As shown in Table 1, 434 genes are elevated in erythroid cells compared to other cell types. Erythroid cells, also called erythrocytes or red blood cells, acquire oxygen from the inhaled air in the lungs and transport the oxygen to all tissues of the body via the circulatory system. Hemoglobin subunit beta HBB and subunit delta HBD are components of the hemoglobin molecule which is expressed exclusively in erythroid cells and bind oxygen.
Platelets are produced by megakaryocytes in the bone marrow and are released to the circulating blood. Their main role is to initiate blood clot formation in response to blood vessel injury. In addition, they have possible roles in the regulation of immunity and inflammation. A protein expressed on the surface of platelets is platelet glycoprotein IX (GP9), which allows attachment to damaged blood vessels. A protein released from active platelets is platelet factor 4 (PF4), which is involved in platelet aggregation.
Blood & immune cell function
The blood has many important functions including oxygen/carbon dioxide transport, removal of waste, coagulation, and body temperature regulation etc. Blood that accounts for about 7% of the human body weight circulates the body through blood vessels and is synthesized in the hematopoiesis process. The HSCs can give rise to all blood cells including; B-lymphocytes, T-lymphocytes, natural killer cells, granulocytes, monocytes, erythrocytes, and platelets. Studies have suggested two models for hematopoiesis: deterministic or stochastic. In the deterministic model, it is suggested that different factors in the hematopoietic microenvironment decide what the HSCs should differentiate into. In the stochastic model, the HSCs differentiate into the specific blood cells by randomness.
In addition to antibody production in response to contact with antigens, B-cells are also classical antigen-presenting cells and secrete cytokines. Naive B lymphocytes reside in lymph nodes and have not yet been exposed to an antigen. Upon antigen activation they will differentiate to either plasma cells or memory B-cells. Memory B lymphocytes are formed within germinal centers following primary infection, and are important in generating an accelerated and more robust antibody-mediated immune response in the case of re-infection. They are localized in areas of facilitated antigen encounter and compared to naive B-cells they have a higher affinity to the immunizing antigen, a lifespan of decades instead of weeks, and faster and more efficient proliferation and differentiation.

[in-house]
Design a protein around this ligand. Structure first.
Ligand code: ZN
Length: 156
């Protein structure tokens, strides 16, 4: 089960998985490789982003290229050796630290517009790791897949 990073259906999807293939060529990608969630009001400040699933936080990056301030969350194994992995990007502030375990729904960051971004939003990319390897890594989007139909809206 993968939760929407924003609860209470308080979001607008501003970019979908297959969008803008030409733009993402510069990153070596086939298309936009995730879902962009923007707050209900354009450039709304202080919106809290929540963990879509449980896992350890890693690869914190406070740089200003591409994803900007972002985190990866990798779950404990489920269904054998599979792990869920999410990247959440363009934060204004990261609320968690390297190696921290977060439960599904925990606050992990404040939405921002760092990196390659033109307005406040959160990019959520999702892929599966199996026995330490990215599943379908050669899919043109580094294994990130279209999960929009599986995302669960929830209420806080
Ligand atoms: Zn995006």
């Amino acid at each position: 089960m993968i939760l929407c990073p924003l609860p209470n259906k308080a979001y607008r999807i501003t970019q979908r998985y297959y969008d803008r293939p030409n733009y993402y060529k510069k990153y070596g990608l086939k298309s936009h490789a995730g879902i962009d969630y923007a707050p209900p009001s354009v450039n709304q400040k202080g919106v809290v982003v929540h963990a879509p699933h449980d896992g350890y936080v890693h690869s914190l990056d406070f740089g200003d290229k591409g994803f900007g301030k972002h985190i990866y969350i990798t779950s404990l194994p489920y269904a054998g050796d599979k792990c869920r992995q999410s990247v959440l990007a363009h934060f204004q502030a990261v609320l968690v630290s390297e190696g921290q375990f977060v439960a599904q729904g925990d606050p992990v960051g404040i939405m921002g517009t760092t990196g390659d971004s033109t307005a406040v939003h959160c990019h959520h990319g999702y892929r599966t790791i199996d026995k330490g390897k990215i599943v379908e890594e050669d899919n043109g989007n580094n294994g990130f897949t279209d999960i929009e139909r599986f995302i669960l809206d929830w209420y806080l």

T-cells originate from hematopoietic cells in the bone marrow, which develop into immature thymocytes in the thymus. The thymocytes differentiate into several types of mature T-cells; T-helper cells, cytotoxic T-cells, memory T-cells, regulatory T-cells and natural killer T-cells. During maturation, T-cells undergo β-selection and positive selection in the thymic cortex and negative selection in the thymic medulla.
The histology of organs that contain blood & immune cells, including interactive images, is described in the Protein Atlas Histology Dictionary.
Here, the protein-coding genes expressed in blood & immune cells are described and characterized, together with examples of immunohistochemically stained tissue sections that visualize corresponding protein expression patterns of genes with elevated expression in different blood & immune cell types.
The transcript profiling was based on publicly available genome-wide expression data from scRNA-seq experiments covering 29 tissues and peripheral blood mononuclear cells (PBMCs). All datasets (unfiltered read counts of cells) were clustered separately using louvain clustering, resulting in a total of 557 different cell type clusters. The clusters were then manually annotated based on a survey of known tissue and cell type-specific markers. The scRNA-seq data from each cluster of cells was aggregated to mean normalized protein-coding transcripts per million (nTPM) and the normalized expression value (nTPM) across all protein-coding genes. A specificity and distribution classification was performed to determine the number of genes elevated in these single cell types, and the number of genes detected in one, several or all cell types, respectively.
It should be noted that since the analysis was limited to datasets from 29 tissues and PBMC only, not all human cell types are represented. Furthermore, some cell types are present only in low amounts, or identified only in mixed cell clusters, which may affect the results and bias the cell type specificity.
Relevant links and publications
Uhlén M et al., Tissue-based map of the human proteome. Science (2015)